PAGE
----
I am intimately connected to “A Prayer for Owen Meany” by John Irving and “Two on a Tower” by Thomas Hardy because of her. “King Lear” by William Shakespeare was a harder sell and failed to secure real estate in the literature district of my heart. Shakespeare is so 1616, after all. The paper I wrote comparing “Two on a Tower” and “King Lear” received a solid A. I still have it. Maybe I owe Bill a little something-something. That last sentence and my well-crafted paper can be your something-something, okay Bill?
Mary was my second English teacher in post-secondary spaces. Richard Harrison was my first, and I developed an immediate crush on him, too, but it didn’t stick. I liked Mary because she was who I wished I could be. She liked herself enough to give no fucks what we thought of her. Mary wasn’t hanging around for bullshit, and if we wanted what she offered, we would keep up. If we committed to keep up, she would give us the best of herself. And here’s a fucking kleenex so stop crying, okay?
“Just a few days ago, I told a friend that I have realized that I have no grace. My goodness,” she wrote in a recent email after I thanked her for not laughing me out of her office the day I presented her with a copy of Douglas Coupland’s “All Families are Psychotic.” You’re very gracious, I said. I wrote my favourite quote from the book on the inside cover. I gave her that book almost eleven years ago to mark the end of our student-teacher relationship. The exchanged words between then and now had me thinking Coupland was the wrong choice for purposes of showing gratitude and wooing a creature like Mary.
“I’m a fan of interesting thinkers, Shannon, and Coupland is an interesting thinker.” See: gracious.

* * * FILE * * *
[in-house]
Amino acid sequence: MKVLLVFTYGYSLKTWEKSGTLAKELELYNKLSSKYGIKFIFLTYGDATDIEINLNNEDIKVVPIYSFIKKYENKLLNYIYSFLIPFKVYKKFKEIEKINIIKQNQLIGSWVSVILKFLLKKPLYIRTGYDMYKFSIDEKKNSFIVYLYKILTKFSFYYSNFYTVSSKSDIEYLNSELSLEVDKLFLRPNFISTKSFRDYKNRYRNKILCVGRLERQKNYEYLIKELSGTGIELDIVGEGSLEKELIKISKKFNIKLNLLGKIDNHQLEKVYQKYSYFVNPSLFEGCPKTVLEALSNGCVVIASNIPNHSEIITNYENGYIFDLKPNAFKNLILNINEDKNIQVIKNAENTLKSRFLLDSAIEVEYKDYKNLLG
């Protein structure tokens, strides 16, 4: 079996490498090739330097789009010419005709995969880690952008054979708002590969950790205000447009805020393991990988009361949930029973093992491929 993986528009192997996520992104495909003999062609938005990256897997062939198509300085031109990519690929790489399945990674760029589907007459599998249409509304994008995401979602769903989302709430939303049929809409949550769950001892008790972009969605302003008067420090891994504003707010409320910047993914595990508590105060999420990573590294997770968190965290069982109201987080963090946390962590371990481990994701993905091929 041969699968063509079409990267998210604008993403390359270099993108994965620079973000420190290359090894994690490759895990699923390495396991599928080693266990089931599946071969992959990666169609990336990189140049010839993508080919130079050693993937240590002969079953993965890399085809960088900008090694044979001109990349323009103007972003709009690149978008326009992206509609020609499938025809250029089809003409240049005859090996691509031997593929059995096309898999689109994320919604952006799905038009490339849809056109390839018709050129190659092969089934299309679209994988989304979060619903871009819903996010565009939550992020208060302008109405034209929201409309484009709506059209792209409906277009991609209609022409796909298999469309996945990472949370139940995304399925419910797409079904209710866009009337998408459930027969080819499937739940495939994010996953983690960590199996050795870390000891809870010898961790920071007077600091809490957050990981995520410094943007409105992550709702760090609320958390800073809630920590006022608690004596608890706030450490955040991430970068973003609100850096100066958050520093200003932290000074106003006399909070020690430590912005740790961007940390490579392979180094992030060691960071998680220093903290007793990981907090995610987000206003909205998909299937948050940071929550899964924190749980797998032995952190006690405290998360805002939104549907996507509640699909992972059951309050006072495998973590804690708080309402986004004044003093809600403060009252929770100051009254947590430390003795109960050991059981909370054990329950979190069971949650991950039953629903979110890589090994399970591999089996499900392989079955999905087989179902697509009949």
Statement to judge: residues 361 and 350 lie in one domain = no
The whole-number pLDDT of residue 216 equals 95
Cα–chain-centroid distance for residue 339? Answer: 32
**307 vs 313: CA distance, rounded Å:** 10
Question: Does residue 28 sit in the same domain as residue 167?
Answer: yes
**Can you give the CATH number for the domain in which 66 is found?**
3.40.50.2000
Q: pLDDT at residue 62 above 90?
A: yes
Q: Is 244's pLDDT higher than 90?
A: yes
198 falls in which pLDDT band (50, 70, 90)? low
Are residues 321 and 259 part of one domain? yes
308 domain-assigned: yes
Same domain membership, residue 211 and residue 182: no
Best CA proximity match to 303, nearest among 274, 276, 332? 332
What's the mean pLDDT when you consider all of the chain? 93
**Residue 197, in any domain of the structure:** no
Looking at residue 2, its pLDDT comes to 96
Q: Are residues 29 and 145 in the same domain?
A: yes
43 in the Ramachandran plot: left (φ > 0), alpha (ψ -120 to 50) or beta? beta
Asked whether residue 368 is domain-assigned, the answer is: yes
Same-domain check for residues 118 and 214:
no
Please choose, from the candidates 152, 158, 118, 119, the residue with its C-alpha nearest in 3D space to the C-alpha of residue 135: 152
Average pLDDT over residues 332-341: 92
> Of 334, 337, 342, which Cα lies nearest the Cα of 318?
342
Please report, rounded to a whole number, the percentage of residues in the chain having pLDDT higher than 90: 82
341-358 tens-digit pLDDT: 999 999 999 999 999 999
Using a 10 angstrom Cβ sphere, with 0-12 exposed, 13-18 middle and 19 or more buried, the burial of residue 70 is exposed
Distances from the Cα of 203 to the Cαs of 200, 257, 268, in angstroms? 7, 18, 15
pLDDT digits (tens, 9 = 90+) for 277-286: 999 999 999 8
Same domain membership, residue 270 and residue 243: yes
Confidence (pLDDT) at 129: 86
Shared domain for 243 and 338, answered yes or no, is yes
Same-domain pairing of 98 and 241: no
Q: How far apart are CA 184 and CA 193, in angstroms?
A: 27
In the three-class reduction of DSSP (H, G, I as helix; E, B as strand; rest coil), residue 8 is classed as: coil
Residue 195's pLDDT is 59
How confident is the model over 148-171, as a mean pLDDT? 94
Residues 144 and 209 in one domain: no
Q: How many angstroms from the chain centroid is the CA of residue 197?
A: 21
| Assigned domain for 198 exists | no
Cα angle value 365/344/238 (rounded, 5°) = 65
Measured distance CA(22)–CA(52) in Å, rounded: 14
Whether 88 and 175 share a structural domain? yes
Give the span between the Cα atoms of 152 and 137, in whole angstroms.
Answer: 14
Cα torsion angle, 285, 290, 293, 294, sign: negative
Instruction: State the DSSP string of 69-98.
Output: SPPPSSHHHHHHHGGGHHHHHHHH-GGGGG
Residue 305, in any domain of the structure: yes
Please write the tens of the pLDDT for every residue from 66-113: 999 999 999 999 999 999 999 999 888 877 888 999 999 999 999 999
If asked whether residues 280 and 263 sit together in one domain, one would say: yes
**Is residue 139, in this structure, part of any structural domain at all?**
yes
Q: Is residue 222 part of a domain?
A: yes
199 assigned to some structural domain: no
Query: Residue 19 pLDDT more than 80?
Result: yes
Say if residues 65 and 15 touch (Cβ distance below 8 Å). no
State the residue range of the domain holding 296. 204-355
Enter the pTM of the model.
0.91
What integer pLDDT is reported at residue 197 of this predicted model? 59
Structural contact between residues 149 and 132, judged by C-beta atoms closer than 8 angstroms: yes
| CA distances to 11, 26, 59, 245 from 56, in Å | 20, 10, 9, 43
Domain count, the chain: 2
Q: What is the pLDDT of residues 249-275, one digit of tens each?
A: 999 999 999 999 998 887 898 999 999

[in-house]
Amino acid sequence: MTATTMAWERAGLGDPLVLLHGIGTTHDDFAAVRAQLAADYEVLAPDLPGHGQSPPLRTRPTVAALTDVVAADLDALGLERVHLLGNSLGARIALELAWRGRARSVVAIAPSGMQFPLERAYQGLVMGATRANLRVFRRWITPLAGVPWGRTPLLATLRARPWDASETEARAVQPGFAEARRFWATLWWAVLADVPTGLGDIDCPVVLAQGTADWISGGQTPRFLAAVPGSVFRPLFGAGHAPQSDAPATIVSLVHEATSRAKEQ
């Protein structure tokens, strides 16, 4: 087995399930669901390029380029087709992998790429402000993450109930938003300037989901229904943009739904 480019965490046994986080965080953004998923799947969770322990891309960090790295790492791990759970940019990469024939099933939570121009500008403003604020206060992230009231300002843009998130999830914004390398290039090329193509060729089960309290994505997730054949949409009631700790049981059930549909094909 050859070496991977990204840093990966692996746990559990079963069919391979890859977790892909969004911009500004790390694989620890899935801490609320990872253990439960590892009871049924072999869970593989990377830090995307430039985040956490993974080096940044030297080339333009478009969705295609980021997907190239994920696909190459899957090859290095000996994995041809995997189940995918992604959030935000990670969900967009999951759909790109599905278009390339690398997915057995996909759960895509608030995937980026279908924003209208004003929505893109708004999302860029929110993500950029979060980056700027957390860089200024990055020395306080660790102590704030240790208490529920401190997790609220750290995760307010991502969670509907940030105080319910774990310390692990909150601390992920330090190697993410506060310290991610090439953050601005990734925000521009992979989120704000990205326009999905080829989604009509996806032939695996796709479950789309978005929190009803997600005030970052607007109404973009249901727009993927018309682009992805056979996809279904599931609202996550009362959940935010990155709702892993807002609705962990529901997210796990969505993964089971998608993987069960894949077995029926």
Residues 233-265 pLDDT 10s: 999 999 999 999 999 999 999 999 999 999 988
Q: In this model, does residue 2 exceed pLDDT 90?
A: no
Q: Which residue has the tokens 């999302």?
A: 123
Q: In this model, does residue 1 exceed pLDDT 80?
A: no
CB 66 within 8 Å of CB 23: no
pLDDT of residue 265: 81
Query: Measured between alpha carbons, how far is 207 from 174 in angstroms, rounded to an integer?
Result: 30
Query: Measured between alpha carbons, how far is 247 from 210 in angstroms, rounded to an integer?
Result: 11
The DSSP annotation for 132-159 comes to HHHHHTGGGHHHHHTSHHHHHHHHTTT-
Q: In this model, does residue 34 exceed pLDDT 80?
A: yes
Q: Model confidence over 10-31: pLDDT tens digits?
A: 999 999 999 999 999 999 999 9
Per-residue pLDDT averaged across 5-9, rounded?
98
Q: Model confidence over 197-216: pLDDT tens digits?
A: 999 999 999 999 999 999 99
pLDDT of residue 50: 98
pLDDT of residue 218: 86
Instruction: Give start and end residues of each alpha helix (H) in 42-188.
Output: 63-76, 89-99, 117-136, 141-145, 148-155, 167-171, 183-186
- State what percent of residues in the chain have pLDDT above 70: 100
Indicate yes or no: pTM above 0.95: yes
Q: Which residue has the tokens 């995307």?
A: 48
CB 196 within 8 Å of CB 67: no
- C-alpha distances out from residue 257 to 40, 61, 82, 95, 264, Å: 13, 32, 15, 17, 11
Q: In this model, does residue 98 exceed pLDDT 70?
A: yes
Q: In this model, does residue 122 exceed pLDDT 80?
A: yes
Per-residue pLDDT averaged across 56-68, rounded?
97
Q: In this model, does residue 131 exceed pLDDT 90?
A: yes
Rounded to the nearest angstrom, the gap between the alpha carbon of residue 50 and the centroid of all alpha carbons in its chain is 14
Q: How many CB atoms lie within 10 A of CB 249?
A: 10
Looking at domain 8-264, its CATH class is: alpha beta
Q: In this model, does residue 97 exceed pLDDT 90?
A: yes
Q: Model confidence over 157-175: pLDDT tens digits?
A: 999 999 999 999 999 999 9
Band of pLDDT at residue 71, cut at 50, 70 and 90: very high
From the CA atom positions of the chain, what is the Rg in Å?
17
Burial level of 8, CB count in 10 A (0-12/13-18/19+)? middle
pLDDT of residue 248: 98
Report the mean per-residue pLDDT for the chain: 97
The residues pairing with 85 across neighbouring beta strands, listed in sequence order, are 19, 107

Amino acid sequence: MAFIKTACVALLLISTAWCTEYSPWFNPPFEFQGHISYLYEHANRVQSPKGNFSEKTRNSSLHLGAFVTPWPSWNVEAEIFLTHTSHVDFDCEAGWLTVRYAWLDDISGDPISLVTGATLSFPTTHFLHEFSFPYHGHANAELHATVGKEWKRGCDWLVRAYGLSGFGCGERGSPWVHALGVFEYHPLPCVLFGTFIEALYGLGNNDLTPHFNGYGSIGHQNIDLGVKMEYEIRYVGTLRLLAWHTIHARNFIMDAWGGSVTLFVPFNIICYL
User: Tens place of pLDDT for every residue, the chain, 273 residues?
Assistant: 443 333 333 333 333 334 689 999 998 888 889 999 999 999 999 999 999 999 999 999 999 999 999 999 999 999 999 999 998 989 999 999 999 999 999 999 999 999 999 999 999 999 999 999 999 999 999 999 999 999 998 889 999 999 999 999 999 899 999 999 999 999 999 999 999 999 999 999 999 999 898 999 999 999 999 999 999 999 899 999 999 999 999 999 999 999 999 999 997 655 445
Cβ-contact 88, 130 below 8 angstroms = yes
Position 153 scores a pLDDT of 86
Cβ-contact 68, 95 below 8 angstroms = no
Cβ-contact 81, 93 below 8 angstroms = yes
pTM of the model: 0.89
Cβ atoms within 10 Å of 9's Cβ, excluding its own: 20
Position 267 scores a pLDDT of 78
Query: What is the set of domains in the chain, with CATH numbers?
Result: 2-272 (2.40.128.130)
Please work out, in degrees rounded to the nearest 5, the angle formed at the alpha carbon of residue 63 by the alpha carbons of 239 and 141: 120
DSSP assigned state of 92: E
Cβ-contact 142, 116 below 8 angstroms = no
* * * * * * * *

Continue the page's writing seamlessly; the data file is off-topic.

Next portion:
It had been two years since our last exchange. A couple weeks ago Mary reached out to see if I could help her nephew find a place to live in Central Alberta. She later found me on LinkedIn and noticed I moved and that I have a blog.
She left a comment. On my blog. Where I write.
I silently screamed. My commas do their own thing and I have to think with great effort to decide which effect/affect to use. Even when I look it up. But I’ll never again question its/it’s or split infinitives (even though I still sometimes use them anyway). Thanks for that, Mary!
Her emails are sensible and lean. I attempt to meet her cadence in my replies, keeping arm-flaps and squeals to a minimum, using emoticons and exclamation points sparingly. I read once that the overuse of exclamation points is the mark of an insecure writer. Here, on my blog, I have not managed to present myself as anything resembling polished. I was not writing for the Marys of my life. I was writing for… the me’s! (I know that’s not possessive, okay, but ‘mes’ looked bizarre.)
Mary taught me the rules and I’m breaking them. It’s fun. I’m writing and that’s what my heart likes. Let’s take a page from Mary’s book (she has a couple, you know) and give no fucks what others think of us. Mary doesn’t like me because I’m her. Mary likes me because I’m me.
Why do these things take me so long to figure out?
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